How all the little incidents of my !trajn as lt comes down the valley.
Bessie' chi'dhoa.1 come up in myIamost wisv, j UiHl gone orjt into
memory to-day, as fresh as if they j tLe gar(ieDj too ; we can't see the
hnejut happened; and yet, it s j train from the house on account of
many years since I first called her tJP trapSj uut j Bessie will be
mine, and people cons der rnean , eading our of the window. But
old woman. My hair is qaite sii- j sbe Wijj 0Ln here, for Pete will
very, and there is more than one drive fast up frorn the eta:jon . he
wrinkle to show where time his j knows how impatient we are,
oitved its lines; but my heart h:is' (Concluded on last paqej
not forgotten how to be eager and
impatient, as I watch the clock, and
with almost girlish pride and anti
cipation have 1 looked forward to
the happy time, lor my Bessie comes
home to-night with her scbooMife
j done. There is a port of regret, of
, cruise, when au page has been
written and turned down and jet, 1
cauuot be really soriy that uiy dear
is a schoobglrl no longer, for now I
shall have tier with me to brighten
the old house
1 have not seen her since Christ
inas week, and now it is June, I
should have gone to the commence
ment and brought her home, but for
i the continued weakness of a sprain-
But she is coming, my bonnie
Bessie ! and all the afternoon, since
the 1 st routes have been put to
her dainty room, I have had leisure
to think over the past; and Katy,
who is with mestill,and has become
more of a friend than a servent, has
been busy all day concocting favor
ite dishes to tempt the child to
I am almost sorry she has grown
np, and we call her the child still,
but she will be nineteen next week.
I kept her little as long as I conld,
yet the years would go by in spite
cf me; but they have brought her
added beauty, as well as growth?
until peop'e tell me f-he is the belle
of the whole country side.
We, as a neighborhood, have
grown since the old time. The vil
lage begond us has become a city,
and is pushing its suburbs in this
direction. Our mountains are far
famed, an1 summer boarding houses
are spiing ng up on every side. I;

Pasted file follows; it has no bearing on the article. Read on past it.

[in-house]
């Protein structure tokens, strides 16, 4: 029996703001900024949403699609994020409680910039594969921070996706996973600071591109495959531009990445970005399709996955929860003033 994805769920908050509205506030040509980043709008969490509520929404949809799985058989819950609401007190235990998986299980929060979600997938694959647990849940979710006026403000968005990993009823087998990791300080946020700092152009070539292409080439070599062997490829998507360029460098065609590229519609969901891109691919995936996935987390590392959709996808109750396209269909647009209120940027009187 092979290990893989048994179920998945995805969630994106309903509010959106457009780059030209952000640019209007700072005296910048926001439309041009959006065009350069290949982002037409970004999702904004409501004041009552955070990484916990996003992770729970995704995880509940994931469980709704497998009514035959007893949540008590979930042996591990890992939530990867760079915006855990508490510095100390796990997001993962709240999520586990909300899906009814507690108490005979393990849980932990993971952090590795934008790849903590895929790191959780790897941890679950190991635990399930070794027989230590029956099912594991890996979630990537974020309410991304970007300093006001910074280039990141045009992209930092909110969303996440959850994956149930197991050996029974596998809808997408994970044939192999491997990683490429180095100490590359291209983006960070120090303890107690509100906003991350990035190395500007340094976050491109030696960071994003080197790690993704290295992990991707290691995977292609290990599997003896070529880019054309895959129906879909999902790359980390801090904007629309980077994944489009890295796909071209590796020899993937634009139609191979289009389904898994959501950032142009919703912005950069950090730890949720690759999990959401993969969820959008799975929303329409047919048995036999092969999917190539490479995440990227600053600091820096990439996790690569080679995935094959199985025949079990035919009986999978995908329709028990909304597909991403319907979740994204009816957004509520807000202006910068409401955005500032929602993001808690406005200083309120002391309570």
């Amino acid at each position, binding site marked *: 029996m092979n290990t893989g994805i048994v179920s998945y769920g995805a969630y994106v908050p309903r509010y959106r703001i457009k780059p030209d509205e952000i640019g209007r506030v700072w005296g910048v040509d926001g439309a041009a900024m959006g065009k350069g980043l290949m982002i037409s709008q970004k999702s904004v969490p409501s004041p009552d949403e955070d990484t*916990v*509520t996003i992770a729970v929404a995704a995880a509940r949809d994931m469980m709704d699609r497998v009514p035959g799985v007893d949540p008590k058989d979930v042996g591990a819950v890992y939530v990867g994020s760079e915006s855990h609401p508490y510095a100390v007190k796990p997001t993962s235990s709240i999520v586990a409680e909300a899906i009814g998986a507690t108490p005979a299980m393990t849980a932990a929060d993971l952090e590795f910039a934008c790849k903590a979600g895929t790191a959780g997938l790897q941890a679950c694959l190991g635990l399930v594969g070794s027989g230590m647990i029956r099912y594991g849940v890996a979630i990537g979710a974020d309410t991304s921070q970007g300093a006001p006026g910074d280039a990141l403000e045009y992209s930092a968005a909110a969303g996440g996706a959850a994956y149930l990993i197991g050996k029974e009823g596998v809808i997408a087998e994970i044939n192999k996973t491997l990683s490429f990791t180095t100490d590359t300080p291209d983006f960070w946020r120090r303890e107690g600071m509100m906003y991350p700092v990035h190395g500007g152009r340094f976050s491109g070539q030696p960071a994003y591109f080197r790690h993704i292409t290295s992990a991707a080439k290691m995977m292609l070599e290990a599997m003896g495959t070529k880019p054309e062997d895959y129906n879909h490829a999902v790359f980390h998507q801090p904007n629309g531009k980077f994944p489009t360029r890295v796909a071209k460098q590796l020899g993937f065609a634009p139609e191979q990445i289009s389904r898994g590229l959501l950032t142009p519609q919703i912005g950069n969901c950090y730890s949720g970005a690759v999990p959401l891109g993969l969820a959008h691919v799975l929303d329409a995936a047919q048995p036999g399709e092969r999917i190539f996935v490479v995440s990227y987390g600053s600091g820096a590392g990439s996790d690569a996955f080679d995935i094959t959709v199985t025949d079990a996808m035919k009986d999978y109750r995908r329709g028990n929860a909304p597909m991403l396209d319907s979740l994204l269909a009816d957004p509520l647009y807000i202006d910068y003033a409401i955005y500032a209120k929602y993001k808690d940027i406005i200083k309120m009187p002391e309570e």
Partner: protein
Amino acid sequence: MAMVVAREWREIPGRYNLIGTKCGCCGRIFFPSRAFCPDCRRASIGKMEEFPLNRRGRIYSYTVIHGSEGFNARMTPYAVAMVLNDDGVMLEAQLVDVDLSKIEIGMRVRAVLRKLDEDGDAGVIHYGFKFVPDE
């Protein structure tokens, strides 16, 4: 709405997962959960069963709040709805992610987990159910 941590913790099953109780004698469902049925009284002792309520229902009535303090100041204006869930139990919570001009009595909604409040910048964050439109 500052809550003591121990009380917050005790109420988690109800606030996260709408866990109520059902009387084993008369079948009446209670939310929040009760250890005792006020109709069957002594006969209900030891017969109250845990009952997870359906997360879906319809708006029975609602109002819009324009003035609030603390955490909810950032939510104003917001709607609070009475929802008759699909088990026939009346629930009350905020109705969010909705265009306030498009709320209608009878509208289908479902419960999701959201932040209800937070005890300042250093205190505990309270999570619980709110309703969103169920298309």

seems strange to the old residents.
A railroad has gone through di
rectly back of B-ss-.e's cottage, and
the money paid for right of way has
been put in the bauk with the rest,
so the child will not be enti-rly
dowerless. I am glad it is so; not
from any e!fih motive; but be
cause, it ihe child's father can see or
know anything of earth in hi far
dwelling-place, he will be glad Jo
know that he did not leave her to
the world's charity, and that she is
to reap the reward of his labor and
I have decided to get a pony and
i phaeton. I have been thinking of
it for sme time. J want to make
BeSfie'thome so tractive toht r
that she v. jU not be tempted to leave
it for long years to come.
wiil be no lck cf wooera.
How wel! 1 remember when she
first went to school. I bud taught
her at home until she was quite a
good reader and writer ; but she was
impatient to go to school like oth',r
children. How faithful Kity was
to go after her with umbrella and
rubbers if there came up a sudden
rain, and Pete drew Iter on his sled
across the snow many a lime. Ai d
how proud she was when she came
home with lessons to get, and how
goiug over iberrs with her refrecheo
my memory in geography and arith
metic. But the hardest part, was when
she went away to school. Ob, ho?
large and still the house seemed,
and how long the days grew,
though it wa? September! Those
were lonely times for Katy and I,
and it seemed hardly to be worth
while to get any meals a: first; but
then we began to look forward to
o .uok .ora.u
1 be Christmas vacation, ad U ft
J that w'3 over' to Eter, and then
to the summer, when she was with
us tor weeks ; and so we b-ive gone
through three years, and now she
is coming home for good.
"Well, Katy, are yon tired of
"I am that ; 'pears as if it never
will git six O'clock ! Everything's